Facilitators and Barriers to Diabetes Education in Hmong Immigrants Living in the United States

2.50
Hdl Handle:
http://hdl.handle.net/10755/616502
Title:
Facilitators and Barriers to Diabetes Education in Hmong Immigrants Living in the United States
Other Titles:
Disease Management: Barriers, Quality of Life and Outcomes
Author(s):
Mitchell-Brown, Fay
Lead Author STTI Affiliation:
Kappa Omicron
Author Details:
Fay Mitchell-Brown, RN, CCRN, fmitchellbrown@csuchico.edu
Abstract:
Session presented on Monday, July 25, 2016: Purpose: Diabetes is a complex chronic disease with an increasing disparity in glycemic control and outcomes for racial and ethnic minorities. Hmong Americans are at high risk for developing diabetes and evidence suggests that the prevalence of diabetes in this population is increasing.' There is no study that addresses diabetes education in the Hmong Americans. Because of the chronic nature of diabetes, diabetic education is essential to increase quality of life and positive outcomes for all people living with the disease.' To be successful, diabetes education must be tailored to meet the needs of a specific ethnic minority group. The purpose of this study is to explore barriers and facilitators related to the diabetes education experience of Hmong Americans with type 2 diabetes, living in central California in the United States. Methods: This qualitative study used an analytic method that employed both an inductive and deductive approach to identify themes in participants? explanations of their diabetic education experience.' In the inductive approach, the Grounded Theory was used to formulate constructions of knowledge from the experiences and meanings attached to diabetes education by the research participants.' Themes were identified that emerged from descriptions of their diabetes education experience.' Using the deductive approach the Framework for the Study of Access to Medical Care (FSAMC) was used in the deductive approach. Selected apriori constructs applied to this study are health policy, characteristics of the health delivery system, characteristics of the population at risk, utilization of health services and consumer satisfaction. These constructs were utilized to operationalize access to health care among Hmong Americans with diabetes. Specifically to this study, the coding categories included consumer satisfaction (sub-constructs: cost and quality) and health care delivery system (sub-constructs: resource and organization). A Hmong community partner was used to assist in recruitment of the participants.' Using a convenience sample, two focus group interviews were conducted among 16 Hmong participants with type II diabetes living in Fresno, California.' Focus groups interviews were used for data collection. 'Two Hmong interpreters facilitated the focus group procedures. Two Hmong individuals independently translated the transcripts directly from Hmong to English and two investigators reviewed and coded the transcripts to confirm the findings. Results: The results of this study are conceptualized into a framework that identifies three major points in the diabetes education experience of a population of Hmong Americans with diabetes:' health care access, health care experience, and output.' The points in the model are '(1) the health care access category, this is the input into the system from two a priori constructs of the FSAMC framework, consumer satisfaction (sub constructs are cost and quality) and the health care delivery system (sub constructs are resources and organization).' The deductive approach affirmed the relevance of apriori elements of the 'FSAMC ''(2) the health care experience category describes the diabetes education experience of the Hmong and is divided into three perceived barriers (language barrier, self-management barrier, stressors) and two perceived facilitators (focused culturally specific education and peer support group). The intervention target in this model addressed the perceived barriers and facilitators which leads to (3) the outputcategory that reflects the end products of the health care experience and health policy regarding access to care. ' The barriers and facilitators are exemplified in the following quotes from participants: Language barrier-?If a lot of English is spoken at one time, then it?s hard to understand.' Yes, I just know the easy (English) words to get by.? ?Yes, for me, my doctor has given me a pamphlet in English about diabetes. But I cannot read it, I have it at home in a paper bag.?Self-management barrier-?The reason I do not take medications prescribed by the doctor is because some does help you and some may just attack your system and causes other health concerns like kidney failure and blurred vision.? ?I don't take the medication my doctor prescribed for me much. Maybe just two in one day just to help relieve the symptoms.? Stressors- ?There won?t be a medication that can help you heal from it, so those medicines are what you will have to take for the rest of your life.? ?If they can't find anything to help cure diabetes, then for sure, our lives would be "poor." The facilitators to diabetes education is exemplified in the quotes below: Culturally specific education- ?There should be a program focused on diabetes education and offered in Hmong too, so that we can understand it better. ?I would like you (researcher) to take pictures of fruits, grains, or any foods, that way I see it, because I cannot read it.' This is better than a paper in English that I cannot read.? - Peer support-. ?We need to meet in a group with the same health condition that comes together to help encourage each other and to give advice about what they have done to help themselves fight diabetes. It's like learning from each other and using each other's ideas.?' Conclusion: This is the first study to address diabetes education in Hmong Americans. Because of the complexity of diabetes, education is key to management and good outcomes.' In promoting positive health outcomes for Hmong Americans with diabetes, the barriers and facilitators of diabetes education must be used to build health policies that will improve access to care.'' When barriers and facilitators to diabetes education are addressed, it is hoped that Hmong Americans will have better health outcomes, increase in self-management skills, decreased complications, better disease management, and improved receipt of preventative services.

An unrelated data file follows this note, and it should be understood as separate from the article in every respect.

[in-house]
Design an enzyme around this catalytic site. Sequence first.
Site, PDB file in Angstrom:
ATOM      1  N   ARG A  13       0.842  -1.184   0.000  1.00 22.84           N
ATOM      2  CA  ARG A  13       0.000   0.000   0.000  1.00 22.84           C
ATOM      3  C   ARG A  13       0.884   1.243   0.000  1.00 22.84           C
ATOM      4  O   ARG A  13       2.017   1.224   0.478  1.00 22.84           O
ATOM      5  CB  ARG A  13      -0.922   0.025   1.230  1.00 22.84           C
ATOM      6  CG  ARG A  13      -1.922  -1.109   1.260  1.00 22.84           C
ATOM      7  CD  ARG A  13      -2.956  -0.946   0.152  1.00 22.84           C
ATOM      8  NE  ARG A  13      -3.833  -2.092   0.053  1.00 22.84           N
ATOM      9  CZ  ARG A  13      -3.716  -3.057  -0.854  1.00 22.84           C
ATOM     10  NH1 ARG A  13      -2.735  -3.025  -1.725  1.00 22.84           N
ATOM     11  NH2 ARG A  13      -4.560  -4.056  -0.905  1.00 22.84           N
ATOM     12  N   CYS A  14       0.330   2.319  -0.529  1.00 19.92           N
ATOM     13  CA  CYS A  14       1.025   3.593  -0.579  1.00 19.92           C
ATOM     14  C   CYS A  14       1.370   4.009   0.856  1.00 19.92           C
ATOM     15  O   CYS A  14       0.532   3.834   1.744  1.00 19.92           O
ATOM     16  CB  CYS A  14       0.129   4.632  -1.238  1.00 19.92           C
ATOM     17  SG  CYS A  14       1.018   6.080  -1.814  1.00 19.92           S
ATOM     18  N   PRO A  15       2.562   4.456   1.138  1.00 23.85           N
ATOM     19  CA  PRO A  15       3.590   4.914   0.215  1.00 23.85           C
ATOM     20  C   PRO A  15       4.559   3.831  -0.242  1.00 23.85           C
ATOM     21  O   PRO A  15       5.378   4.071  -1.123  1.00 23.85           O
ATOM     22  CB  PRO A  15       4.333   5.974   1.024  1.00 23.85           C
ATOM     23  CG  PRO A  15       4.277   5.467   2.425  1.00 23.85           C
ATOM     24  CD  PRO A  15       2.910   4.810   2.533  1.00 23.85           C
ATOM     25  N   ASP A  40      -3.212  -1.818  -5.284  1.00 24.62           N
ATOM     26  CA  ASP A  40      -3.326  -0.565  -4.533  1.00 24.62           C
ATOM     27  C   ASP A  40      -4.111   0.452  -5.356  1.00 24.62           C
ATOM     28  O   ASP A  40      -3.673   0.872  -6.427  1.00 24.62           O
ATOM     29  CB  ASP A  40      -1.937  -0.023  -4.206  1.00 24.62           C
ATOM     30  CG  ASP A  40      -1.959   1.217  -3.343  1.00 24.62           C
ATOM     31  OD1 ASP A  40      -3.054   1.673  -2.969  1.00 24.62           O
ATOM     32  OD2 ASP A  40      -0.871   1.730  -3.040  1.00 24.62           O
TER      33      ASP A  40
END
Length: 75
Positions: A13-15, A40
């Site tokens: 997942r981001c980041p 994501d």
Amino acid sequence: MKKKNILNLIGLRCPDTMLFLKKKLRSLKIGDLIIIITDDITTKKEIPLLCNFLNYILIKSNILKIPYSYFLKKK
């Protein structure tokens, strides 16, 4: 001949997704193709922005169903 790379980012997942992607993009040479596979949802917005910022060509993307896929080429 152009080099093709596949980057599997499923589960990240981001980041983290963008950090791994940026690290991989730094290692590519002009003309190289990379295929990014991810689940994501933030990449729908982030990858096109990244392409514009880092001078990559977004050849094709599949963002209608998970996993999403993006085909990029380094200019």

Keywords:
Diabetes education; Hmong Americans; Grounded theory and Access Framework
Repository Posting Date:
13-Jul-2016
Date of Publication:
13-Jul-2016 ; 13-Jul-2016
Other Identifiers:
INRC16P02
Conference Date:
2016
Conference Name:
27th International Nursing Research Congress
Conference Host:
Sigma Theta Tau International, the Honor Society of Nursing
Conference Location:
Cape Town, South Africa
Description:
Theme: Leading Global Research: Advancing Practice, Advocacy, and Policy

Full metadata record

DC FieldValue Language
dc.language.isoenen